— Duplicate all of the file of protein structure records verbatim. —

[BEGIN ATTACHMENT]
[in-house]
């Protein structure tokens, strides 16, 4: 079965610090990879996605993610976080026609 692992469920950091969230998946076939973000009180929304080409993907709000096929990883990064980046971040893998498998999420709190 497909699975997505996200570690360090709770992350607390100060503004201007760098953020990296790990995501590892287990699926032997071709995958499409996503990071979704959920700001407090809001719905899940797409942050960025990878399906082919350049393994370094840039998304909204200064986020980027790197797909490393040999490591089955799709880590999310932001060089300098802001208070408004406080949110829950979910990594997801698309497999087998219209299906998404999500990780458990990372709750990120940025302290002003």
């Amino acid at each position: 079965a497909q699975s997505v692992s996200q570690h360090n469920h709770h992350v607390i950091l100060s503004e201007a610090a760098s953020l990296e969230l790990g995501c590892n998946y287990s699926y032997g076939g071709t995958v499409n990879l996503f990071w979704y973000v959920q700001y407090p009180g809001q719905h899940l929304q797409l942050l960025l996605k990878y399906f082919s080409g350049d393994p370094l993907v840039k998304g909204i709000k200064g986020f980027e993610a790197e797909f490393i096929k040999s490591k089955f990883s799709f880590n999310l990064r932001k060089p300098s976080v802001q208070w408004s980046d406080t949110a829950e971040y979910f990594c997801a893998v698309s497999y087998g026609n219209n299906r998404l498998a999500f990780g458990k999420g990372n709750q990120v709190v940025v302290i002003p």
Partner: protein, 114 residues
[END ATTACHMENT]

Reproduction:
[in-house]
């Protein structure tokens, strides 16, 4: 079965610090990879996605993610976080026609 692992469920950091969230998946076939973000009180929304080409993907709000096929990883990064980046971040893998498998999420709190 497909699975997505996200570690360090709770992350607390100060503004201007760098953020990296790990995501590892287990699926032997071709995958499409996503990071979704959920700001407090809001719905899940797409942050960025990878399906082919350049393994370094840039998304909204200064986020980027790197797909490393040999490591089955799709880590999310932001060089300098802001208070408004406080949110829950979910990594997801698309497999087998219209299906998404999500990780458990990372709750990120940025302290002003």
């Amino acid at each position: 079965a497909q699975s997505v692992s996200q570690h360090n469920h709770h992350v607390i950091l100060s503004e201007a610090a760098s953020l990296e969230l790990g995501c590892n998946y287990s699926y032997g076939g071709t995958v499409n990879l996503f990071w979704y973000v959920q700001y407090p009180g809001q719905h899940l929304q797409l942050l960025l996605k990878y399906f082919s080409g350049d393994p370094l993907v840039k998304g909204i709000k200064g986020f980027e993610a790197e797909f490393i096929k040999s490591k089955f990883s799709f880590n999310l990064r932001k060089p300098s976080v802001q208070w408004s980046d406080t949110a829950e971040y979910f990594c997801a893998v698309s497999y087998g026609n219209n299906r998404l498998a999500f990780g458990k999420g990372n709750q990120v709190v940025v302290i002003p």
Partner: protein, 114 residues